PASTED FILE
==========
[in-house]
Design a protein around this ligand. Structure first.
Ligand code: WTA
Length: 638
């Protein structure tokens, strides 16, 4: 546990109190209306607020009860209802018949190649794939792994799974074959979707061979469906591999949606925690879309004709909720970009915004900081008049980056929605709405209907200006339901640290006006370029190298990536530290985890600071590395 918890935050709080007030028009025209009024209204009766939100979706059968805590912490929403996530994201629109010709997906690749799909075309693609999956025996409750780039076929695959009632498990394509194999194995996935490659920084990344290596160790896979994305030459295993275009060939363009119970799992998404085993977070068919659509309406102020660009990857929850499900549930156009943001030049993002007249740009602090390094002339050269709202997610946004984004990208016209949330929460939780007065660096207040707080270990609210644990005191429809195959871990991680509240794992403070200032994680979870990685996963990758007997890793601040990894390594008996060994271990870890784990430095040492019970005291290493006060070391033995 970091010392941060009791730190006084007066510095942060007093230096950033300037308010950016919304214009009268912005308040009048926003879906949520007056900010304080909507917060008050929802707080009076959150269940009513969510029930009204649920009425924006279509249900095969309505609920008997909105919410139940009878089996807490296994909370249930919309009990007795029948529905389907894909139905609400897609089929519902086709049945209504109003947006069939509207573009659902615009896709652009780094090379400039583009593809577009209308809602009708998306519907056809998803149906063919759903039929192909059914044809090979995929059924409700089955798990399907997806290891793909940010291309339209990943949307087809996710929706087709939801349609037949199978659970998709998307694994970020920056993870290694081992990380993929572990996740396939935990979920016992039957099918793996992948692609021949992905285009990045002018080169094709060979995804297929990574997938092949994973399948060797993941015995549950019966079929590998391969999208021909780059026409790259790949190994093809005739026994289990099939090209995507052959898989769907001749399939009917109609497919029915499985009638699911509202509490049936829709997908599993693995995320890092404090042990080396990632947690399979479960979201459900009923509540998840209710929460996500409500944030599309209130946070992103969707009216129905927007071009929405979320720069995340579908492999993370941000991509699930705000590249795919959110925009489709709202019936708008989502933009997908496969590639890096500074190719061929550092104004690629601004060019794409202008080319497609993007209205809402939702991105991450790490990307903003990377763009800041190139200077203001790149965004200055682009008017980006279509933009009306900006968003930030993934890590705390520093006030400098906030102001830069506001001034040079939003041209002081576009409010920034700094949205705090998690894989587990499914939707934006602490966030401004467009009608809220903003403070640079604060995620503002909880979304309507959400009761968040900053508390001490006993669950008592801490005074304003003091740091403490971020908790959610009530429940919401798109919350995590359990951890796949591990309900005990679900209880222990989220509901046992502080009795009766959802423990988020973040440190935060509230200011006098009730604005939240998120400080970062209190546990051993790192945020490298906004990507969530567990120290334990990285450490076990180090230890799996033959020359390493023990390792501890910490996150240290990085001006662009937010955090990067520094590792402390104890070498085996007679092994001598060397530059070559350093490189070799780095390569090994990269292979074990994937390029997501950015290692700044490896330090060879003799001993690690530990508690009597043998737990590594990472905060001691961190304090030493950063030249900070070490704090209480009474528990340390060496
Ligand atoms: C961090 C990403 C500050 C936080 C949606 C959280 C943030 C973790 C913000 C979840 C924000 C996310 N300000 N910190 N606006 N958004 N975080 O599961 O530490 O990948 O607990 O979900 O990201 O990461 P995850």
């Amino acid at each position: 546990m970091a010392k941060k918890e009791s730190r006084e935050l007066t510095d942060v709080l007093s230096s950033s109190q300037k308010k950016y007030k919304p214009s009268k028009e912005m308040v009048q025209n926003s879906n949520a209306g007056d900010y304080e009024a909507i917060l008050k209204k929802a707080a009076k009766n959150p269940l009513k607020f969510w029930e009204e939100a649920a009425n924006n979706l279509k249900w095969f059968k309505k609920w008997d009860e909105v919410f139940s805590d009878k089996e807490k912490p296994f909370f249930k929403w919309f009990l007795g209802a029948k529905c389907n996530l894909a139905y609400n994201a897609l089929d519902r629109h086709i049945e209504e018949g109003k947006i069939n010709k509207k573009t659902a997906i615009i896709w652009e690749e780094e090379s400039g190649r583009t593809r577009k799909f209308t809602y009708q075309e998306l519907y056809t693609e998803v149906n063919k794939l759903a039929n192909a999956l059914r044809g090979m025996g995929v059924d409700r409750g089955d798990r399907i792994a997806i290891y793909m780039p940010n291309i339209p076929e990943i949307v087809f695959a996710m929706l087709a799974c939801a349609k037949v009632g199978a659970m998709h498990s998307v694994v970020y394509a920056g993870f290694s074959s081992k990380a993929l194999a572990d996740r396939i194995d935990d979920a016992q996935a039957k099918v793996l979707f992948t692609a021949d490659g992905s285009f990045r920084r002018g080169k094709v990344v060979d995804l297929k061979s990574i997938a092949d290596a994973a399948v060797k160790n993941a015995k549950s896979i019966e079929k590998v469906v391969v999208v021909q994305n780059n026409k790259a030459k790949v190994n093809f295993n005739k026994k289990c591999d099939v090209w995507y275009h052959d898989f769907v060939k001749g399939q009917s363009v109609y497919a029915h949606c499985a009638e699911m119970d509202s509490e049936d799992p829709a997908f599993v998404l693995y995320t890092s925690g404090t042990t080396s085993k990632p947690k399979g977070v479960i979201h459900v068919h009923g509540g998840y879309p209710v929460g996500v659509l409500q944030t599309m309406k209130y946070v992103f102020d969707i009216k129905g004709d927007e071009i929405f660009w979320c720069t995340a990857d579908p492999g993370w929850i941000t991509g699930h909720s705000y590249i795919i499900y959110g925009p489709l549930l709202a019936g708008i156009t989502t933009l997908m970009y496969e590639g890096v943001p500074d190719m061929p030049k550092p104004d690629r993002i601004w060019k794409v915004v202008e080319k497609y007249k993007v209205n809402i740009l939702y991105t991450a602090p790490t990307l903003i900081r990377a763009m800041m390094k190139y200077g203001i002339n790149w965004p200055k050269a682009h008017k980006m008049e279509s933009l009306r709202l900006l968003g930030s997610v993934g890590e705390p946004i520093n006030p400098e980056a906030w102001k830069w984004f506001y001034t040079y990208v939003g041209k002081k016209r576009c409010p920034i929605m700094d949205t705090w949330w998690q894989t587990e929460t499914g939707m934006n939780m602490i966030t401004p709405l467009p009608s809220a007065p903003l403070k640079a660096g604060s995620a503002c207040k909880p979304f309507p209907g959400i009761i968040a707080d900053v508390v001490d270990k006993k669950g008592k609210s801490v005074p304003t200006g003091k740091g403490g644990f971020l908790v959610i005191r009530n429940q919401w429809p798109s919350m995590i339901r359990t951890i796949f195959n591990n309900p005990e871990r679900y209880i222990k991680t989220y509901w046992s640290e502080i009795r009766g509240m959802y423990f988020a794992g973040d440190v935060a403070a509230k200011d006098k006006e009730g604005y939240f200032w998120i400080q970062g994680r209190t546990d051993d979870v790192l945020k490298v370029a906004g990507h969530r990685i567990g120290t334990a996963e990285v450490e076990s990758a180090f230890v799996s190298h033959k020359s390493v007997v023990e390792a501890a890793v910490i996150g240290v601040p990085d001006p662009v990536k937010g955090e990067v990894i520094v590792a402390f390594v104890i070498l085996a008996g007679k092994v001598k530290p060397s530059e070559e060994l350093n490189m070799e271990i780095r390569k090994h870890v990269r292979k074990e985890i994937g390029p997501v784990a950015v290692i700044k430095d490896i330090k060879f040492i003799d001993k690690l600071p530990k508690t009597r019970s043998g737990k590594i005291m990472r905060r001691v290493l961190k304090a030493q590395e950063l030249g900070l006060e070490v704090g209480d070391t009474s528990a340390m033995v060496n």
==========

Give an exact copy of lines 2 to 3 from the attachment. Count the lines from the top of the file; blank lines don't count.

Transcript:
Design a protein around this ligand. Structure first.
Ligand code: WTA